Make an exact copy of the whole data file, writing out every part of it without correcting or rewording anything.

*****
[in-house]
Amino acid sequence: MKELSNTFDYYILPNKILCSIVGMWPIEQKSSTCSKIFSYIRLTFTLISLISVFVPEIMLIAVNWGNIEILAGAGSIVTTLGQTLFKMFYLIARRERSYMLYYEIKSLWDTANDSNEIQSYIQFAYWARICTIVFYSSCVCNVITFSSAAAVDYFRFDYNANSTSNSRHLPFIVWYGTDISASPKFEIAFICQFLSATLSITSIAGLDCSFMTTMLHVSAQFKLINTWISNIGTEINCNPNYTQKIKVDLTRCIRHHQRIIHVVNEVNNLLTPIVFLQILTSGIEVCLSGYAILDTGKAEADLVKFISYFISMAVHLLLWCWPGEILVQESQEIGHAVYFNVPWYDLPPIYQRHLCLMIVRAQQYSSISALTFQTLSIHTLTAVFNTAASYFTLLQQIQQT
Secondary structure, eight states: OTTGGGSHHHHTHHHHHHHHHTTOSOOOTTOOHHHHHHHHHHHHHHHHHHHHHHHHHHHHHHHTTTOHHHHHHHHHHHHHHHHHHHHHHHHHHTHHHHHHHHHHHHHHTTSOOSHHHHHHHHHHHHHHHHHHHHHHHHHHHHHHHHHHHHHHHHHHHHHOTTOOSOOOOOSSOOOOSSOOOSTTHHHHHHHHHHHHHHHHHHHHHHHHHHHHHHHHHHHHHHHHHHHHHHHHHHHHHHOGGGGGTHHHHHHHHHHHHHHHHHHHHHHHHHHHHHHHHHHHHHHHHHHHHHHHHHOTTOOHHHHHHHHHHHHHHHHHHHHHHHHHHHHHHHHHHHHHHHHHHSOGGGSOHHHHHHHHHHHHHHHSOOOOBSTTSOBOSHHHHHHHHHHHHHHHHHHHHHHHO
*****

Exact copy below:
[in-house]
Amino acid sequence: MKELSNTFDYYILPNKILCSIVGMWPIEQKSSTCSKIFSYIRLTFTLISLISVFVPEIMLIAVNWGNIEILAGAGSIVTTLGQTLFKMFYLIARRERSYMLYYEIKSLWDTANDSNEIQSYIQFAYWARICTIVFYSSCVCNVITFSSAAAVDYFRFDYNANSTSNSRHLPFIVWYGTDISASPKFEIAFICQFLSATLSITSIAGLDCSFMTTMLHVSAQFKLINTWISNIGTEINCNPNYTQKIKVDLTRCIRHHQRIIHVVNEVNNLLTPIVFLQILTSGIEVCLSGYAILDTGKAEADLVKFISYFISMAVHLLLWCWPGEILVQESQEIGHAVYFNVPWYDLPPIYQRHLCLMIVRAQQYSSISALTFQTLSIHTLTAVFNTAASYFTLLQQIQQT
Secondary structure, eight states: OTTGGGSHHHHTHHHHHHHHHTTOSOOOTTOOHHHHHHHHHHHHHHHHHHHHHHHHHHHHHHHTTTOHHHHHHHHHHHHHHHHHHHHHHHHHHTHHHHHHHHHHHHHHTTSOOSHHHHHHHHHHHHHHHHHHHHHHHHHHHHHHHHHHHHHHHHHHHHHOTTOOSOOOOOSSOOOOSSOOOSTTHHHHHHHHHHHHHHHHHHHHHHHHHHHHHHHHHHHHHHHHHHHHHHHHHHHHHHOGGGGGTHHHHHHHHHHHHHHHHHHHHHHHHHHHHHHHHHHHHHHHHHHHHHHHHHOTTOOHHHHHHHHHHHHHHHHHHHHHHHHHHHHHHHHHHHHHHHHHHSOGGGSOHHHHHHHHHHHHHHHSOOOOBSTTSOBOSHHHHHHHHHHHHHHHHHHHHHHHO